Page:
This is a summary, written by members of the CITF Secretariat, of:

Sadarangani M, Soe P, Shulha HP, Valiquette L, Vanderkooi OG, Kellner JD, Muller MP, Top KA, Isenor JE, McGeer A, Irvine M, De Serres G, Marty K, Bettinger JA; Canadian Immunization Research Network. Safety of COVID-19 vaccines in pregnancy: a Canadian National Vaccine Safety (CANVAS) network cohort study. Lancet Infect Dis. 2022 Aug 11:S1473-3099(22)00426-1. doi: 10.1016/S1473-3099(22)00426-1

The results and/or conclusions contained in the research do not necessarily reflect the views of all CITF members.

A CITF-funded study published in The Lancet Infectious Diseases, from the Canadian National Vaccine Safety (CANVAS) Network, led by Drs. Julie Bettinger and Manish Sadarangani (University of British Columbia/British Columbia Children’s Hospital Research Institute.

Key findings:

  • Among the vaccinated participants, reports of a significant health event A significant health event included any symptoms sufficient to cause work/school absenteeism, a medical consultation and/or prevent daily activities. within seven days of receiving a first dose of mRNA vaccine were slightly higher among those who were not pregnant (6.3%) than those who were pregnant (4%). The same applies after a second dose (non-pregnant: 11.3%; pregnant: 7.3%).
  • Among 339 unvaccinated pregnant participants, 3% reported similar health events as the vaccinated.
  • Comparing pregnant and non-pregnant vaccinated individuals, pregnancy was associated with decreased odds of a significant health event after any mRNA vaccine, whether for dose 1 or dose 2.
  • Pregnant participants had a 2.4 times increased odds ratio of having a significant health event after a second dose of any mRNA vaccine (primarily weighted by the high rate of significant health events post-Moderna vaccine which had an odds ratio of 4.4) compared to pregnant unvaccinated participants.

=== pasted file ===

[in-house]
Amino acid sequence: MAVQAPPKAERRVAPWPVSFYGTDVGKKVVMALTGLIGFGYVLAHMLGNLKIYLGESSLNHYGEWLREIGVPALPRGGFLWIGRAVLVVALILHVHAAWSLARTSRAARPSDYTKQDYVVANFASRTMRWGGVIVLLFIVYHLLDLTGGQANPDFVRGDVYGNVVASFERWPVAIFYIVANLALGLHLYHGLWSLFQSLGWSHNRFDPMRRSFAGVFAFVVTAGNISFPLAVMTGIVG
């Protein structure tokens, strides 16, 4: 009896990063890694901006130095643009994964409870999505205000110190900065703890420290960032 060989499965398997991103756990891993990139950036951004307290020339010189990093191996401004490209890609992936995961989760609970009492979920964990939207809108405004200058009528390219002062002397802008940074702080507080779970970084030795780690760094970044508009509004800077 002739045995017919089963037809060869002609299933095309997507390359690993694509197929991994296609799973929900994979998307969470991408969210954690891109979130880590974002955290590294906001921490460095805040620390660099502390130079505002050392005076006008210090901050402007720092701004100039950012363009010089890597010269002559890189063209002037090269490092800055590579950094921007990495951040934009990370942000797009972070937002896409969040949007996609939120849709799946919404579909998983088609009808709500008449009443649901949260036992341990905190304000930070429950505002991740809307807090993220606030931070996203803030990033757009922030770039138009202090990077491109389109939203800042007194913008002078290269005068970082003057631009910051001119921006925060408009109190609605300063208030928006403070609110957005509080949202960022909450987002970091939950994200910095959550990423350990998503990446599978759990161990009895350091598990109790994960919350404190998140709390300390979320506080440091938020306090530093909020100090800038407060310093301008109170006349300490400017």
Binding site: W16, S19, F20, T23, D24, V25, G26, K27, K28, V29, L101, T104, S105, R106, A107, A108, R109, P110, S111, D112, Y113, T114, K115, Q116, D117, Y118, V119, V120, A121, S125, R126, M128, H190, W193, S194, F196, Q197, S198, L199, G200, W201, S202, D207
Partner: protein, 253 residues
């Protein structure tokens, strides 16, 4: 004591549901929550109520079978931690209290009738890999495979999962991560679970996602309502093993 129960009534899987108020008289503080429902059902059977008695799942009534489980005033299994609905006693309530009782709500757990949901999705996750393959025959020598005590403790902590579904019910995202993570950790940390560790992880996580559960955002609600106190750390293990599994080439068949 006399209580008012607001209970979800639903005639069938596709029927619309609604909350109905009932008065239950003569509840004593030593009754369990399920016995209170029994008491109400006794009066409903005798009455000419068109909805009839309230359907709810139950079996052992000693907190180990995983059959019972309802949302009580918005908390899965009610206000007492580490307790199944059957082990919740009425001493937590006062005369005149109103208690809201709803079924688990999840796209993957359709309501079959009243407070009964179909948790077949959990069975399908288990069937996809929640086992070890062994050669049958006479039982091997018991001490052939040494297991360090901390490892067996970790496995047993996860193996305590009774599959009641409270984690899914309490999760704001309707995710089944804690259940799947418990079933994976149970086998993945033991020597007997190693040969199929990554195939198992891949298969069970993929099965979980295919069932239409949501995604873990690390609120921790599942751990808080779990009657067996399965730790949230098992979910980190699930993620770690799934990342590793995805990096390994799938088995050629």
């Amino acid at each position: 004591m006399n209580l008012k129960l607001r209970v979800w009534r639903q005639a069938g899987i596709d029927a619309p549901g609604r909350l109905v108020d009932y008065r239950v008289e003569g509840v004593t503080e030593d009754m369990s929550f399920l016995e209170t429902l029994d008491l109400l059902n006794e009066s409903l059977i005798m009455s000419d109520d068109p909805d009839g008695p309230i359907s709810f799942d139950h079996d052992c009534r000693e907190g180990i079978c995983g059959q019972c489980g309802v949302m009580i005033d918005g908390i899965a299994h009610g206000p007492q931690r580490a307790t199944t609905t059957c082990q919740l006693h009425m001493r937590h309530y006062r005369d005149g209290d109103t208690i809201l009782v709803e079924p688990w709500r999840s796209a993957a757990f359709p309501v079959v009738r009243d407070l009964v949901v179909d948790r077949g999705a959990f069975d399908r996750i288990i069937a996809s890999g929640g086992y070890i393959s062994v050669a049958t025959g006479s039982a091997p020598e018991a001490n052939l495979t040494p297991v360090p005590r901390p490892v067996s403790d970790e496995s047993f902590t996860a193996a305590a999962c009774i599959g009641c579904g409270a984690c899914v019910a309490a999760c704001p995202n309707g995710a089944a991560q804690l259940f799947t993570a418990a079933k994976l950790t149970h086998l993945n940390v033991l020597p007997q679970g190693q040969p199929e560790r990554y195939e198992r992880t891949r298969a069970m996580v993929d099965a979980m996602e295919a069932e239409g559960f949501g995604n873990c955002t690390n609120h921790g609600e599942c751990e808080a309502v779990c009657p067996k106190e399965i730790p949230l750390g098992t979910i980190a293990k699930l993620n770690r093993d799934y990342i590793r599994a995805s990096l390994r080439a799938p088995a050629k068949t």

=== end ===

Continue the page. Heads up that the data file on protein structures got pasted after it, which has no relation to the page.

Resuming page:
• There was no difference in hospitalization or pregnancy-related complications between the pregnant individuals who have and have not been vaccinated.
  • Miscarriage was the most frequently reported adverse pregnancy outcome, and was more frequently reported by the unvaccinated (n=7, 2.1%) than the vaccinated (n=81, 1.5%). This suggests that vaccines did not increase the risk of pregnancy loss. Most miscarriages occurred in the 1st trimester of pregnancy.
  • Other adverse pregnancy outcomes, such as vaginal bleeding, abnormal fetal heart rate, and reduced fetal movement were rarely reported within seven days following any mRNA vaccination.

This study offers reassuring evidence that there is no significant association between vaccination status and significant health issues in pregnant people. It also highlights pregnant participants actually suffered fewer significant adverse events after vaccination than did similarly aged non-pregnant participants. The study was funded by CITF.

Researchers collected information from 191,360 vaccinated and 6,179 unvaccinated females of child-bearing age (15- 49-years old) from seven Canadian provinces and territories as of November 4, 2021. Among them, 5,597 were vaccinated and 339 unvaccinated participants were pregnant. This study collected data on significant and serious health events following immunization with the mRNA vaccines.